where from April 2013 to the end of September 2014, £709 million worth of work has
been awarded via prime provider contracts.

11. The largest contract for work within the NHS advertised since April 2013 is the
'Framework for Commissioning Support Services' with a value of £3 to £5 billion over a
four year period.


Primary Care

For several years now GP surgeries and health centres have been gradually acquired by profit driven companies, such as Virgin Care, The Practice, and Care UK. Many patients may not be aware that their GP service is run by a private company.2

Together the top five private companies in the area of GP surgeries own 170 GP surgeries, with the leading company, SSP Health based in the North West of England owning 42 surgeries, closely followed by The Practice PLC with 39 GP surgeries. Other top owners are Virgin Health, Malling Health and IntraHealth. With the exception of Virgin Health, all these companies have increased their ownership of GP surgeries from 2010 to 2014, and in the case of SSP Health, Malling Health and The Practice PLC, the number owned has more than doubled.


Emergency and Out of hours care

Today, if you call 999 it could be a private ambulance crew that comes to treat you. For several years the NHS has been outsourcing the transport of patients but contracts are now being won by private companies to provide blue light services. Spending on private firms to provide 999 ambulances has doubled in the last three years from £24m to £56m.3

GP out of hours contracts are a priority for commissioners to put out to tender. Serco currently organises GP out of hours care services in Cornwall, but will quit the contract following criticism of quality of care .4 Care UK (Harmoni) claims to cover 8 million NHS patients as part of its GP out of hours services. It also runs GP-led health centres, referral management centres, 111 telephone services, offender healthcare, and urgent care for the NHS.5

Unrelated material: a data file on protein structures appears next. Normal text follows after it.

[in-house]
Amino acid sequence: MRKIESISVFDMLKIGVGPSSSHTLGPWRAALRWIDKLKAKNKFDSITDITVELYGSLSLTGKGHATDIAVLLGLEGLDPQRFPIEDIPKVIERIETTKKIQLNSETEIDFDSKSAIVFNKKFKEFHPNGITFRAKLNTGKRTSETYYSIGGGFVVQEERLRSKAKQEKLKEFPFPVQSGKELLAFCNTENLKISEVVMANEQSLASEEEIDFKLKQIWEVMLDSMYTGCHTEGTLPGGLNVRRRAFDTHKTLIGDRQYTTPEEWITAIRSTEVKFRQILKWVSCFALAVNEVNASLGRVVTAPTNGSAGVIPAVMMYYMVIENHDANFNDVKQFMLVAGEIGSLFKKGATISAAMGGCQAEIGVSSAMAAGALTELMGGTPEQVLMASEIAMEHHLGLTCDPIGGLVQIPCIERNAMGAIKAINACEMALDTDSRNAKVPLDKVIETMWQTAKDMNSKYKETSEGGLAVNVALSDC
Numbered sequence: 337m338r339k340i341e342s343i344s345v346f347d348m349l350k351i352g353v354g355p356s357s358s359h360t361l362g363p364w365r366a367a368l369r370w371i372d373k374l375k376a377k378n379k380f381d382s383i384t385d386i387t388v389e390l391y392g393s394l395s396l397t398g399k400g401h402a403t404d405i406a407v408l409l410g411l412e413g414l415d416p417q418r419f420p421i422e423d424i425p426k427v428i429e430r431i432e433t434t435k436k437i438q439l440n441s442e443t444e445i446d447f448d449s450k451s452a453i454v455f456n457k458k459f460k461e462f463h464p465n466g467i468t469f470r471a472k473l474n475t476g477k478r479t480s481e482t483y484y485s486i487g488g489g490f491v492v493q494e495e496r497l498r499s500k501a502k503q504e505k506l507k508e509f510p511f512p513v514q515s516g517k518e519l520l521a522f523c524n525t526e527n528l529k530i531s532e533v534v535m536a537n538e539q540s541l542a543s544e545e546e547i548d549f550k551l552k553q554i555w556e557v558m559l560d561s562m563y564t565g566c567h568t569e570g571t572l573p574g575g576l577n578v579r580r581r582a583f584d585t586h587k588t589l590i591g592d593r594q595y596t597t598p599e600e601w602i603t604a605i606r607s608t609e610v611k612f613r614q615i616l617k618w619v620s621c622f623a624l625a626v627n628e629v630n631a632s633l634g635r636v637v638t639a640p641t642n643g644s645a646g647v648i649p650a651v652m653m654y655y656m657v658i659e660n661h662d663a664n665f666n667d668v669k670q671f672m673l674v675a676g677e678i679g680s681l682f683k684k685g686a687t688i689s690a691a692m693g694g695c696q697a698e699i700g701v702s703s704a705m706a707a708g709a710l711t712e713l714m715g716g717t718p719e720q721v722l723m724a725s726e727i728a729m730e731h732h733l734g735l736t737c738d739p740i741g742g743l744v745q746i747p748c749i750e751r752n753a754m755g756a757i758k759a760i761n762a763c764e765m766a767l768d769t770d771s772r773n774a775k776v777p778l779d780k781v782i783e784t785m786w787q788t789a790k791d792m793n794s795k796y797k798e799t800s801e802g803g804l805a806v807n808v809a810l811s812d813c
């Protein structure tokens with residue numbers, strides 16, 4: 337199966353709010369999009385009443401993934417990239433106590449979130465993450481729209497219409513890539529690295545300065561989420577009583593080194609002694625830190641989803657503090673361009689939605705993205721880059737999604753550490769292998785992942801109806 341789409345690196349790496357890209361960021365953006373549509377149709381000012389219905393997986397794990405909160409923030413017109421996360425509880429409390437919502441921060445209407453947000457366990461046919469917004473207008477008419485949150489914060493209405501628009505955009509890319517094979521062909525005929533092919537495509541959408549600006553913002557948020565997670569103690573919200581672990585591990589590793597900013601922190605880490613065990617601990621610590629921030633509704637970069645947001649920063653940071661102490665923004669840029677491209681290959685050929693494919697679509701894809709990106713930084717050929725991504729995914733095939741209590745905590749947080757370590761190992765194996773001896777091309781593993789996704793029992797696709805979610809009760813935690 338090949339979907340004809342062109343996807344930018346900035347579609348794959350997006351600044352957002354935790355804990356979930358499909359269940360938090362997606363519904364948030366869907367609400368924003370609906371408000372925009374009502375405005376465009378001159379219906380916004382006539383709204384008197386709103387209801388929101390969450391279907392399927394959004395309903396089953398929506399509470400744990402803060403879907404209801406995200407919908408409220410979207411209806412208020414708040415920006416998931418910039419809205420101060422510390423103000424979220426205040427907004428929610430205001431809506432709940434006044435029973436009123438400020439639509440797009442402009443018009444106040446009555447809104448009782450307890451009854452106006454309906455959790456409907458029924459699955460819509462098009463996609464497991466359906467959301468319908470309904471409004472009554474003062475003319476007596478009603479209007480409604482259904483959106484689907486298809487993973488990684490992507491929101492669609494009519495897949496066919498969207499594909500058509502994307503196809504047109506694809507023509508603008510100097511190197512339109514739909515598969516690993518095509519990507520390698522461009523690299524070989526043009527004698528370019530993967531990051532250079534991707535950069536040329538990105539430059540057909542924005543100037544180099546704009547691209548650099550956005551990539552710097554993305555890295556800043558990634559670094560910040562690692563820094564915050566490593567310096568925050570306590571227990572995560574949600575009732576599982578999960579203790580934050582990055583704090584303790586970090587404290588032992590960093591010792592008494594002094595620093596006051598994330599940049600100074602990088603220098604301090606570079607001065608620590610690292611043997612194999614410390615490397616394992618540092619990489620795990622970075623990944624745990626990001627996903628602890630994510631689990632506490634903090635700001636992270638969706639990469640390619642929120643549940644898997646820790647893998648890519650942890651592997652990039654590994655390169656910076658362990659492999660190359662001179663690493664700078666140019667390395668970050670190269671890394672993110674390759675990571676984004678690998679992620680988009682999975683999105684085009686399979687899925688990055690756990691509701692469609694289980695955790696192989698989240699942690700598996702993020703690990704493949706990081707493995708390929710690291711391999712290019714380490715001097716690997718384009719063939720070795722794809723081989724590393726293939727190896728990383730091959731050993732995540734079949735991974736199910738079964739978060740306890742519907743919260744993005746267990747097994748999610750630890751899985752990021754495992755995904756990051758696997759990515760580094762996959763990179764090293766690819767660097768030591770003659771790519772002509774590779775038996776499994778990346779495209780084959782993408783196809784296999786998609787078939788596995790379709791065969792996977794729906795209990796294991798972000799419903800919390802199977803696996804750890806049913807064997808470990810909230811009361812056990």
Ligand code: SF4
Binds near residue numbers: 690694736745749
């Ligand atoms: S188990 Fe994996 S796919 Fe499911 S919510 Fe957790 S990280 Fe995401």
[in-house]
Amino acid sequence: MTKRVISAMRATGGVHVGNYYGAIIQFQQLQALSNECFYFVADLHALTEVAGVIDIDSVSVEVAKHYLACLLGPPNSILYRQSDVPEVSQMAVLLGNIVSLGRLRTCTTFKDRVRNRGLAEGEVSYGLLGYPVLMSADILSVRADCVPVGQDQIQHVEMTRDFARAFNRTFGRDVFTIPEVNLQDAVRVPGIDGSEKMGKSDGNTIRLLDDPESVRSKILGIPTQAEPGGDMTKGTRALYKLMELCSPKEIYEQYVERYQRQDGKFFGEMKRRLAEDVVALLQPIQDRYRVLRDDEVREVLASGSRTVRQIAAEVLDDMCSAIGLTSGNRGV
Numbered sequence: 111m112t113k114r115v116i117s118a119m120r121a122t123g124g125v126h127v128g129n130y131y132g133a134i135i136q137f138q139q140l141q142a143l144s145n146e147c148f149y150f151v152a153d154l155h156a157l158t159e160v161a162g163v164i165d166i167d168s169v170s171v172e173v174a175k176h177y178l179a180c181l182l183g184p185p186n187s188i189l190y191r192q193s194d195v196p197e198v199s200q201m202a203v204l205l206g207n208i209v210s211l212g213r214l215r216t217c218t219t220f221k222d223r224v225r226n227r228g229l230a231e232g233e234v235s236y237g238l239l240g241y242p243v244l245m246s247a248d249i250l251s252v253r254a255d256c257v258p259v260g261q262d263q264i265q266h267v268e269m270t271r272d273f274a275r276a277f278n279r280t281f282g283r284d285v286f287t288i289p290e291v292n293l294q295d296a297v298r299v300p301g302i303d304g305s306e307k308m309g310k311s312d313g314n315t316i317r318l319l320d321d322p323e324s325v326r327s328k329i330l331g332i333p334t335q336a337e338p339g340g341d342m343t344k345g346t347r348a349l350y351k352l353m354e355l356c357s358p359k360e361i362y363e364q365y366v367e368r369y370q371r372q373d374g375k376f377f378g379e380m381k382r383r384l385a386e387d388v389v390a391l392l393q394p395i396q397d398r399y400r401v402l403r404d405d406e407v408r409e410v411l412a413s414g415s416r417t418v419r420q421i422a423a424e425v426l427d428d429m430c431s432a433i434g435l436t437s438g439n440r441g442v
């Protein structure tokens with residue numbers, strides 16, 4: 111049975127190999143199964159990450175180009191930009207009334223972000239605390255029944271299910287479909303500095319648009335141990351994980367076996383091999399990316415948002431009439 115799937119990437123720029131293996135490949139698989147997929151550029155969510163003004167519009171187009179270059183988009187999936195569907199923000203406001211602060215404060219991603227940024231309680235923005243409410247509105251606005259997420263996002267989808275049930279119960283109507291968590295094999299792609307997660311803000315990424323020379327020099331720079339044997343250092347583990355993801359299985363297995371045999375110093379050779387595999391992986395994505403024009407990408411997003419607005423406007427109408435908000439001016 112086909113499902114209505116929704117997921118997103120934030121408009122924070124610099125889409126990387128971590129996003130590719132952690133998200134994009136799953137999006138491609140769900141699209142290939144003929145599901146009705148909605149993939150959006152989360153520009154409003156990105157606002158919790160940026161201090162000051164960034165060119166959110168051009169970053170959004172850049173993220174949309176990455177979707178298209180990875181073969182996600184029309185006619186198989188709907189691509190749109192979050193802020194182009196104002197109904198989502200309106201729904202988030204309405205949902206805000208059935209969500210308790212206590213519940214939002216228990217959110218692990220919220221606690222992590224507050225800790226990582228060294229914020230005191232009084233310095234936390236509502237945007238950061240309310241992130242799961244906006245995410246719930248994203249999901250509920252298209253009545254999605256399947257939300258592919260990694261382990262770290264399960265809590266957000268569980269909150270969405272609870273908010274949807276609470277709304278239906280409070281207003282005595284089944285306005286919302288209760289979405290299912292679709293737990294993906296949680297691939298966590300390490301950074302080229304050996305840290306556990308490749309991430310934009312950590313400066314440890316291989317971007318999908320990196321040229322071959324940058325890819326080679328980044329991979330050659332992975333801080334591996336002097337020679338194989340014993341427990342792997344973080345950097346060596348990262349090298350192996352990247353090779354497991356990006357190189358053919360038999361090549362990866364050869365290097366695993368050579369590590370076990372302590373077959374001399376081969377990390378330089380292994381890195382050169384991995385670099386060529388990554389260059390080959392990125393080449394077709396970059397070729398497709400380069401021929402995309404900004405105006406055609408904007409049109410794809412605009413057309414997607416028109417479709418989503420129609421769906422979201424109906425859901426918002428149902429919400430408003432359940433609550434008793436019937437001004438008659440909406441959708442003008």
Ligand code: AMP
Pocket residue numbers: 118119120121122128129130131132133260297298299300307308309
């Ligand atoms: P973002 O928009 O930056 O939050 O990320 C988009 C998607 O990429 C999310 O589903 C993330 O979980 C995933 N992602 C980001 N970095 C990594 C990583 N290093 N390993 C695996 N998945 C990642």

Community health services

Contracts to provide community healthcare typically cover a wide range of services including complex health needs of children and older people.  Some CCGs have bundled these services into a single giant tender.  Examples include, Virgin Care's £130 million contract to run  children's services, and services for people with learning difficulties and adolescents with mental health problems in Devon from March 2013 for three years and its £450 million contract to run a range of community services in Surrey. More recently in July 2014, North Somerset CCG published a contract notice seeking bidders to provide an integrated community care service. The five year contract is valued at a maximum of £120 million.6



Private hospitals share of NHS funded patients grew rapidly between 2006-07 and 2010-11 after the introduction of patient choice and as part of the ISTC programme. By 2010-11 private companies performed 17% of hip replacements (11,500 operations), 17% of hernia repairs (9,000) and 6% of gall bladder removals (3,000) annually in England. By 2010-11 private providers also handled 8% of patients' first attendances in relation to orthopaedics or trauma, such as a broken limb; 4.8% of gastroenterological problems; and 2.3% of attendances for sight problems. The latest figures from the HISC (2014) show that 12% of all NHS cataract operations are now performed by private providers

In 2012-2013, 45,379 cataract operations were carried out by non-NHS providers, or 12.6% of cataract procedures conducted overall. This is up from 10.6% carried out by non-NHS providers in 2012-2013.7

Non-NHS providers conducted 4% of procedures overall in 2013-14 or 437,919 up from 3.7% in 2012-13 (388,211).8

There are now 195 independent hospitals and treatment centres in England where patients can be treated at NHS prices under the Choose and Book system. The total cost of contracting out runs into billions of pounds but the government has not published precise figures .9


Cancer Care